Schools closed to all children, apart from those of essential workers and vulnerable children, on Friday 20 March. The last day of school before lockdown and enforced homeschooling felt like a momentous day. My partner and I happened to have the day off, so we both solomly collected our son from his primary school. Everyone was hesitant to leave the school premises, uncertain as to when the kids would see their classmates again. We walked up the hill to our house with a group of friends and clumsily said goodbye.
As the door shut behind us, I went upstairs and cried for my son, who has no siblings and wouldn’t be seeing any other child for goodness knows how long. I was expecting the government to announce that the country would be in lockdown that evening. In actual fact it wasn’t until Monday 23 March it was announced that all but essential businesses were to close, while members of the public were to stay in their homes except to shop for essentials or go out in certain circumstances, including one hour of daily exercise or medical appointments.
Homeschooling has been challenging for everyone. We are both working from home and trying to juggle our jobs, plus ‘educating’ our son. Initially my partner and I divided the day into 2 hour chunks. 2 hours of work then 2 hours of educating. It quickly became apparent that this didn’t work, neither of us were concentrating on any of the activities, and our son was feeling like an inconvenience.
As a family we are happhazered and previously have decided what we did according to everyone’s mood on the day. After one to many disastrous day’s it was clear this had to change. By the third week we started to plan the day from 9 – 3. This has meant our son knows exactly who is ‘teaching’ him, and what he is doing over the week and we can manage our jobs far more efficiently. The timetable has provided him with certainty, in this time of uncertainty. We have also found that this helped ease the inevitable arguments over school work.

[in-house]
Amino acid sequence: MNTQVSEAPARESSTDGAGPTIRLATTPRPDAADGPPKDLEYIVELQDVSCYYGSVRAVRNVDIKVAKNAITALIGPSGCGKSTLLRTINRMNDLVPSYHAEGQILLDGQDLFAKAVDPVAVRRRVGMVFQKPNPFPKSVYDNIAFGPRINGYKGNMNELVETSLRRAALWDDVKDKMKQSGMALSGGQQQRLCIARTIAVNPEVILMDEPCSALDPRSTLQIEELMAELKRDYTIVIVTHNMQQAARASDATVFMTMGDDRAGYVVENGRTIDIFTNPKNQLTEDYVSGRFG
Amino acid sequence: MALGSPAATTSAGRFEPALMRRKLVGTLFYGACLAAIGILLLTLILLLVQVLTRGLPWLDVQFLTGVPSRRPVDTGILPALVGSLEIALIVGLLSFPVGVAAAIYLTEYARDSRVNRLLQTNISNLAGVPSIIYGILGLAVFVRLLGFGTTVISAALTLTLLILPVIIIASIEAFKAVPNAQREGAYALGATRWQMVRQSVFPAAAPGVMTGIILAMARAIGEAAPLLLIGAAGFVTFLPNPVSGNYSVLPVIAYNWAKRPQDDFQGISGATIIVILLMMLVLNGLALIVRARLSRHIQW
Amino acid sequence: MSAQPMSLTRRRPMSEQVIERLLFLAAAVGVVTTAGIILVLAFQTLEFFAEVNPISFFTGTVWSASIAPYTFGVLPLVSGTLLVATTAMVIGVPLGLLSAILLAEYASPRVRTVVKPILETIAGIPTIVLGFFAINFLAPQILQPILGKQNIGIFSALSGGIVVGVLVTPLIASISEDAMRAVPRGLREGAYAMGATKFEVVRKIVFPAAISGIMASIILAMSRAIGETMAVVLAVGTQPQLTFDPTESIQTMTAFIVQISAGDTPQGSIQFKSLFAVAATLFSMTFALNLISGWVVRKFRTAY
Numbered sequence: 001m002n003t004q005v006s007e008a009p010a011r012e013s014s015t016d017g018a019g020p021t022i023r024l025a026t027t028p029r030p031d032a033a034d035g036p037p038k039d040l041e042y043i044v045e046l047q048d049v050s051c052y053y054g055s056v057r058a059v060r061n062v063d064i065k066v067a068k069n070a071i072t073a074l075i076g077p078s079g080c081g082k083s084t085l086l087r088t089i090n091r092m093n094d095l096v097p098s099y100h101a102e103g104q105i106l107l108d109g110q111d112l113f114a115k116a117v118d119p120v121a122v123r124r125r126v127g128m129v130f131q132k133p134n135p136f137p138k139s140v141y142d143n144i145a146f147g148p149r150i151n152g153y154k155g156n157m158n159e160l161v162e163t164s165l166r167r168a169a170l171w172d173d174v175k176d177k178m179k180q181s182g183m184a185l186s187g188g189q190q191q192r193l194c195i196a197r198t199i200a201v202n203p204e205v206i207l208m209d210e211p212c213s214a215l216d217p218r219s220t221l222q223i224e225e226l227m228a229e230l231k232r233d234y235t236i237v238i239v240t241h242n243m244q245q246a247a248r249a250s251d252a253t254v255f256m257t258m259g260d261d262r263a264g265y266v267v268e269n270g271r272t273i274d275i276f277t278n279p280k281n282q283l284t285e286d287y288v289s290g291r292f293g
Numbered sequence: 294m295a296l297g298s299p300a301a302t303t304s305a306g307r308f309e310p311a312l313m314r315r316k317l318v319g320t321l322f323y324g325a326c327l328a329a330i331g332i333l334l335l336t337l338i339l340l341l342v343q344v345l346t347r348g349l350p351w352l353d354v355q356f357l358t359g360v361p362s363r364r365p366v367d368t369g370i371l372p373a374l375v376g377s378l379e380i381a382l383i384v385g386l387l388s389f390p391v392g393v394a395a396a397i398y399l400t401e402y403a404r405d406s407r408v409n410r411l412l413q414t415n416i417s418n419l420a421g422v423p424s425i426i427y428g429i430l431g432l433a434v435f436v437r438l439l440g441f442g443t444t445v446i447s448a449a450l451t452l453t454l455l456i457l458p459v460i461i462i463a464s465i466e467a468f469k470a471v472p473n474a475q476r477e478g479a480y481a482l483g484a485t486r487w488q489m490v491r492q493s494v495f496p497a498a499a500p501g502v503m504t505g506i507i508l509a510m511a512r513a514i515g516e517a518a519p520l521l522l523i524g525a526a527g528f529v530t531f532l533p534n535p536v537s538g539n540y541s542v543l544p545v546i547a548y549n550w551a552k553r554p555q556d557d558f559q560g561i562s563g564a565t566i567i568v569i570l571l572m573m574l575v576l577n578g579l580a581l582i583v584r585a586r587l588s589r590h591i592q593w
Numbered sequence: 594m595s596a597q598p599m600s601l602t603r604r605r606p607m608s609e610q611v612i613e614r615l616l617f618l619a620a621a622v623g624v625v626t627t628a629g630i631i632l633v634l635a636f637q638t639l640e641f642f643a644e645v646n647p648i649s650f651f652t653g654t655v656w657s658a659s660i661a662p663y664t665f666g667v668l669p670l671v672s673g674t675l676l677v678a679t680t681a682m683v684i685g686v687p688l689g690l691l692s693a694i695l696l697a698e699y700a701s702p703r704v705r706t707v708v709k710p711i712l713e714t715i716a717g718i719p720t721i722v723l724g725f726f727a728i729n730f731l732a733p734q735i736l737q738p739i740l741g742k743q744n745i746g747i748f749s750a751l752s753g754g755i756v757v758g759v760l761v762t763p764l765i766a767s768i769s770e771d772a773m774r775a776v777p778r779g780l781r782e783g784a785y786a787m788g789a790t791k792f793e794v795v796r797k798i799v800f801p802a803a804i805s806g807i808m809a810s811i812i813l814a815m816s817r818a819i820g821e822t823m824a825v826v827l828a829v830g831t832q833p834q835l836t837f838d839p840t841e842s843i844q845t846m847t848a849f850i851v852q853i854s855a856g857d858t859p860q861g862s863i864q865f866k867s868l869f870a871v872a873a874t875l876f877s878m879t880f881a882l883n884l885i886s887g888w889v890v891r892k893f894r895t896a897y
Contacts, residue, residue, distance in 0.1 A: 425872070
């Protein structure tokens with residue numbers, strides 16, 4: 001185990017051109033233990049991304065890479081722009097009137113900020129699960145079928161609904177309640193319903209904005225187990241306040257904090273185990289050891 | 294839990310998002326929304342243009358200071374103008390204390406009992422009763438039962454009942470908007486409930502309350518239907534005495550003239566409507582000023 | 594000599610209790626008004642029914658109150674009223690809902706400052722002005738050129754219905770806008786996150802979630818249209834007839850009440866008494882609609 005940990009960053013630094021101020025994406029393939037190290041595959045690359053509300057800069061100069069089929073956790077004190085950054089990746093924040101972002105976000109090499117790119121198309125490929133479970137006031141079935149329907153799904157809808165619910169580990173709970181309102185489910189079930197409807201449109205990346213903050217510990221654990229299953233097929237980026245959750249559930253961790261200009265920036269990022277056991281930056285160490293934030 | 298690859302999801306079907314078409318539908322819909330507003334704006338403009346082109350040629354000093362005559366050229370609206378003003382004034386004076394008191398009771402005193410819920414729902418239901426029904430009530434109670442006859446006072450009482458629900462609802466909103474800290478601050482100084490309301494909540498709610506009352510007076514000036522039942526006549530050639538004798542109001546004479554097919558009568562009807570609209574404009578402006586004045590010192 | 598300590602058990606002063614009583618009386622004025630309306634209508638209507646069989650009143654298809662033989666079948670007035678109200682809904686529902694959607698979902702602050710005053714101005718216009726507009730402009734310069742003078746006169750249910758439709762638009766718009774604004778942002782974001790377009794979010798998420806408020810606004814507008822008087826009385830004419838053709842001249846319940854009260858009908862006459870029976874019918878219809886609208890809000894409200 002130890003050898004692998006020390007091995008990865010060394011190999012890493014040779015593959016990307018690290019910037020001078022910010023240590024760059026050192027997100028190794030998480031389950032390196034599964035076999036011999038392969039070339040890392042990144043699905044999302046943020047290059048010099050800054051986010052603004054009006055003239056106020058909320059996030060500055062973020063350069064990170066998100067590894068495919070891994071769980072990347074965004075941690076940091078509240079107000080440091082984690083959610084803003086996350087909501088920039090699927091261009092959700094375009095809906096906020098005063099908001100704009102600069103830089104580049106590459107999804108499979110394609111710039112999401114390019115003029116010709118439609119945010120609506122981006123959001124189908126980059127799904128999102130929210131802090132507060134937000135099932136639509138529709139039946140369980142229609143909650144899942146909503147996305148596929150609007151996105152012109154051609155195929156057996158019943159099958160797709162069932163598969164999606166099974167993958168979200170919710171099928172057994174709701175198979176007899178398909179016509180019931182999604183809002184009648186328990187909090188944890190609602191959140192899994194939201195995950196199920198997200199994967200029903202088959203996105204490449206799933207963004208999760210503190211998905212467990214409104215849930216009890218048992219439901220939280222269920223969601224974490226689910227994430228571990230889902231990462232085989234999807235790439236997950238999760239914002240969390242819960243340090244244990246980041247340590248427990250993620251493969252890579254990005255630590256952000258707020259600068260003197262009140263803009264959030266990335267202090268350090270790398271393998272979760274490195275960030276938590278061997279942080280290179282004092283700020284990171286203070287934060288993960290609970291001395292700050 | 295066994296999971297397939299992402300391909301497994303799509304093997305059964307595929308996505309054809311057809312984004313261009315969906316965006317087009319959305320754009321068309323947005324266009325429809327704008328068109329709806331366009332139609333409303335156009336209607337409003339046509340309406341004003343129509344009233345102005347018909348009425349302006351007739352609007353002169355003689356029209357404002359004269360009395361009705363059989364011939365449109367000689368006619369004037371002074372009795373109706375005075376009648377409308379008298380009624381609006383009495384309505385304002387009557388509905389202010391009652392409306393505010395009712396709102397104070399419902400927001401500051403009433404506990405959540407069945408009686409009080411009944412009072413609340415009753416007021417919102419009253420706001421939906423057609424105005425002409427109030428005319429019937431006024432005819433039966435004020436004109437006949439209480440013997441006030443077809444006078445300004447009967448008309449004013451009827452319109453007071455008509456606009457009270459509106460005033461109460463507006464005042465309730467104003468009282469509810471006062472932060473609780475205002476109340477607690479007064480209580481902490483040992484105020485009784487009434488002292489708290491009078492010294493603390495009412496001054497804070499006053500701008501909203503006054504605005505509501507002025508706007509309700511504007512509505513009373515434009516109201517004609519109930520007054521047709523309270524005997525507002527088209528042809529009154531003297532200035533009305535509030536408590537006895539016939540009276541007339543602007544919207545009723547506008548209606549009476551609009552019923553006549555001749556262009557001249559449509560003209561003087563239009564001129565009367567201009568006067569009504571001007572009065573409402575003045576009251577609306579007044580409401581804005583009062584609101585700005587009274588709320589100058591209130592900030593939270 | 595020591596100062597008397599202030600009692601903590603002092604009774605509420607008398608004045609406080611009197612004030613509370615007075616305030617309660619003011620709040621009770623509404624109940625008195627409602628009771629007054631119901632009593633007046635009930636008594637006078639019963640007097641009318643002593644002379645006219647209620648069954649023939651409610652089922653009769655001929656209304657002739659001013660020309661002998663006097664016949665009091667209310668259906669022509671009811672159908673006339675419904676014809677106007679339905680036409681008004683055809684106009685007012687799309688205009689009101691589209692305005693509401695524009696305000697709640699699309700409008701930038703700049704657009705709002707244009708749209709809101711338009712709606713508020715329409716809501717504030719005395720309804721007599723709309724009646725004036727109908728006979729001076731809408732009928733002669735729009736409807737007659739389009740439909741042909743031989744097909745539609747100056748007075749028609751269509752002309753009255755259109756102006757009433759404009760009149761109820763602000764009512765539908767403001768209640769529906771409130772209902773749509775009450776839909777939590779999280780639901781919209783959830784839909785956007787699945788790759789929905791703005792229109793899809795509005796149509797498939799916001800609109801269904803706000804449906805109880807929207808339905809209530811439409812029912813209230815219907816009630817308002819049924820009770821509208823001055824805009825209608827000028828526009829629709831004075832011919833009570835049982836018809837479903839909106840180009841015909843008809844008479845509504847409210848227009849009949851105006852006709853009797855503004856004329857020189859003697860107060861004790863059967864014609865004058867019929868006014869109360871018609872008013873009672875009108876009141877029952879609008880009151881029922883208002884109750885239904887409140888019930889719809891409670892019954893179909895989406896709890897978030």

We are lucky and have a garden, a space I have grown to treasure and value far more that I had done previously. We also have a shed at the end of our garden. This has been converted into a ‘school’. Psychological this has helped, as we all leave the house to go to school and our home is still a place for relaxation and play.
The school have been sending work every week, and recommended we started the day with PE, following Joe Wicks on You Tube. Joe was great, but we needed something a bit more lighthearted, so started following a site called Go Noodle. The exercise we now do is silly, makes us laugh and involves songs and dance routines. At first, the work the school sent was mainly based on traditional schooling. As the weeks have progressed we have been directed to more online resources, either from the school or via friends.
For Maths we are using Oak National Academy. English grammar and Music, we use BBC Bite size and You Tube for online guitar lessons. Art, we have found Draw with Rob, a lifesaver and fun. His easy style & step by step instructions have been inspirational. Next Steps Technology have also been offering free virtual lessons on coding.
My son is keeping in contact with his friends through technology. Zoom and group What’s App chats have been a lifesaver for him. His class now have a scheduled Zoom call at the same time everyday and whoever wants to chat or play can just login. With his class he has also participated in remote bingo, a singalong and a bake off. My phone seems to have become ‘his’ phone, but that seems a small price to pay for the fact he can still chat and keep in contact with his friends.
Most of his friends live a short walk away. It has become a habit for the kids to stop by on their daily walks and leave small offerings for each other. Cards, letters, Lego toys, books, games, cakes and magazines have all been left at our door and we in turn have delivered gifts to others.
We have all learnt that schooling isn’t just sitting, reading, writing or researching a topic. Our son has started to help cook the family meals, something he has discovered he is good at, and when we have flour and eggs we bake or make bread. He contacts his Grandpa via Zoom during the week. My dad has a dartboard in his garden and we have one set up as well. My son and my dad then have fun playing and as a bonus it acts as a virtual maths lesson. We are gardening, growing vegetables and herbs, camping out in our garden, building dens in the woods (as part of our daily exercise) and have organised solo sports days and science experiments. It isn’t easy but we are muddling through.